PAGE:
You are on page 1of 51

Exploring the Music of Indonesia: A Spiral

Curriculum Approach for Elementary General


Music
Torrey DAngelo
Masters Exit Exam
Spring 2016

Table of Contents
INTRODUCTION
Overview..3
Rationale. 3
Outline.5
LESSON PLANS
Kindergarten...9
Second Grade....12
Second Grade II....14
First Grade....15
FIFTH GRADE EXTENDED UNIT
Lesson 1.19
Lesson 2.21
Lesson 3.24
Lesson 4.26
Lesson 5.29
RESOURCES, REFERENCES AND POTENTIAL FUNDING PLAN
Resources...32
References..33
Funding..34
APPENDIX.36
Powerpoint from 5th Grade Unit

Exploring the Music of Indonesia: A Spiral Curriculum Approach For


Elementary General Music
Overview: This curriculum intends to incorporate the music and culture of Indonesia into
an elementary (K-5) school music curriculum that is sequential and appropriate for each
grade level leading up the a final fifth grade exploration on authentic Balinese gamelan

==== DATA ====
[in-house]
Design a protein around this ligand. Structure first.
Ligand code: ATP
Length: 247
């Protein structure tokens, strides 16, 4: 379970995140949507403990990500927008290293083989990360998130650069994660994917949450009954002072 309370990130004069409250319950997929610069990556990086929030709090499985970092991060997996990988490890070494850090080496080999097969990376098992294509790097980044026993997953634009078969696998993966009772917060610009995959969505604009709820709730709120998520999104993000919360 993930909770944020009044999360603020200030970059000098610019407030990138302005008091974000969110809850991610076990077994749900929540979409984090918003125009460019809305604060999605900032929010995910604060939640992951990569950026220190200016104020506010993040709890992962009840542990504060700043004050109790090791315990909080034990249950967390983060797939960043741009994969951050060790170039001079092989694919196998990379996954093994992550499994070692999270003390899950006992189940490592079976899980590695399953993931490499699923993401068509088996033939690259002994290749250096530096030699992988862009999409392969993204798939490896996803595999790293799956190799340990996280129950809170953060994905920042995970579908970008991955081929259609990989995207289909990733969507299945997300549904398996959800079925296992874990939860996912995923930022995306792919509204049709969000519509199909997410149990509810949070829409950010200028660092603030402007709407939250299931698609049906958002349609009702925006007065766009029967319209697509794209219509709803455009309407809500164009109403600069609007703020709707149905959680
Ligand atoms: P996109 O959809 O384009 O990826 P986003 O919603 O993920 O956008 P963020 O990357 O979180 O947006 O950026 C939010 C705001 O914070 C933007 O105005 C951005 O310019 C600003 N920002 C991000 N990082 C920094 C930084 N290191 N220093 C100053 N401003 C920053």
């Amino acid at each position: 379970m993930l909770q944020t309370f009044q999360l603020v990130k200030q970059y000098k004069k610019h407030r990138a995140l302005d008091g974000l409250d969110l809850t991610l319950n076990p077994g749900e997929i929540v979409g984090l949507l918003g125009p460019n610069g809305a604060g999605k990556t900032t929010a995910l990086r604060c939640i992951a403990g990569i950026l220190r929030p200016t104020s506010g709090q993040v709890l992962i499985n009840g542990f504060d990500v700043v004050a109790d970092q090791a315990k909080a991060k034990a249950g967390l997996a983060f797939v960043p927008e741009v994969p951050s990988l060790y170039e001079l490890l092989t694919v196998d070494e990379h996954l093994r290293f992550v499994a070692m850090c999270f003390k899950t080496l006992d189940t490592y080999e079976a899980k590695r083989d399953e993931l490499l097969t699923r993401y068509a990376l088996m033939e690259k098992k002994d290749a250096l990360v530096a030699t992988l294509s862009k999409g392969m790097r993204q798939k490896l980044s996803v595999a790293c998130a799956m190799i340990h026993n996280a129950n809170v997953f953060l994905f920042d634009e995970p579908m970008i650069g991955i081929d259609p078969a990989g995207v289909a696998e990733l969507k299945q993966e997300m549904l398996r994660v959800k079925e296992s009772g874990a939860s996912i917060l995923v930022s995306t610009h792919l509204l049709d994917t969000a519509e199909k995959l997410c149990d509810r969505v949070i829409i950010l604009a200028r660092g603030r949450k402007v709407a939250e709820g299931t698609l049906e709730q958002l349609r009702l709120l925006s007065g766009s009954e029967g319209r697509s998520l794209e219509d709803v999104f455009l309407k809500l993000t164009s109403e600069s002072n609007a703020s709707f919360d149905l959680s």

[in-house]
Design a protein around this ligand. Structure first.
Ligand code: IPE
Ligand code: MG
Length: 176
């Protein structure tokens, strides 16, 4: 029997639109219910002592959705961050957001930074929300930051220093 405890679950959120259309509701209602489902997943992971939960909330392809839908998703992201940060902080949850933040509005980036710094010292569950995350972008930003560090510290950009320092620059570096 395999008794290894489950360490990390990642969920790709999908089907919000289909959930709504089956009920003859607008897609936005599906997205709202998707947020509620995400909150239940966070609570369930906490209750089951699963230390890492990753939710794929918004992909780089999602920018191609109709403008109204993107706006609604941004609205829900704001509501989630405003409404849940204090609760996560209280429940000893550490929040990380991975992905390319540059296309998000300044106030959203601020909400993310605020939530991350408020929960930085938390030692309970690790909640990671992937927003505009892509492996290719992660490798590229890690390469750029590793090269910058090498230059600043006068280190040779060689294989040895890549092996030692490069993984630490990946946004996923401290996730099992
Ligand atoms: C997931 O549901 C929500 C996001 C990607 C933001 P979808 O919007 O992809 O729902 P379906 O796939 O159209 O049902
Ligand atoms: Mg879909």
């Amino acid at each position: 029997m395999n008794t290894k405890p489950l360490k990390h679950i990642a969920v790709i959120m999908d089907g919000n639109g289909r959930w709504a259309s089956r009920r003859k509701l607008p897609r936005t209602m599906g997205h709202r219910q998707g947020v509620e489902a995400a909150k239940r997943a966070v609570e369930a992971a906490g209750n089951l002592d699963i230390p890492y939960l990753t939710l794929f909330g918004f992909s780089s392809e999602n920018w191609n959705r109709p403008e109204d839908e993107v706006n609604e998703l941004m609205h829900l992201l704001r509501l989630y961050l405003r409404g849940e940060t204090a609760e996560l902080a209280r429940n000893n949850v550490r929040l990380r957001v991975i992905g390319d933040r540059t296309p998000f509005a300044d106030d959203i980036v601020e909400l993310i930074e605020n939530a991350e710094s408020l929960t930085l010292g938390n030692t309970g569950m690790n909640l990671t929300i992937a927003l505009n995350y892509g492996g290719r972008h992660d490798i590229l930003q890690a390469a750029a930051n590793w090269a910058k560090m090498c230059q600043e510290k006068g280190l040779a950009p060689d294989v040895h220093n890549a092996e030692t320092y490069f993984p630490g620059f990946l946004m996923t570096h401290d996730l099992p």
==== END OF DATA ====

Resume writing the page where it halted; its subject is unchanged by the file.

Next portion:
instruments featured in a performance that includes a class composition based on the
traditions of Balinese music. This curriculum takes a spiral approach throughout the
grade levels, with skills and repertoire building upon one another.
Rationale This curriculum aims to teach Indonesian (Balinese and Javanese) music and
culture over the course of six years (K-5) in order to fully integrate students into the
culture to the best of my ability. A spiral curriculum approach will be taken to ensure that
students revisit the music of Indonesia year after year. Ideally, I would integrate several
other cultures into my curriculum in the same way. My philosophy on music teaching and
learning is most strongly influenced by the writings and teachings of Zoltan Kodly. As a
proponent of a student-centered, developmentally appropriate Kodly and Orff based
curriculum, I know that teaching Indonesian music will fit perfectly into my other ideas
for an elementary school curriculum. Kodlys thoughts on teaching world music are best
reflected in this quote: "If we want to understand other nations, we first must understand
ourselves. There is no better means for this than folk music. Getting acquainted with the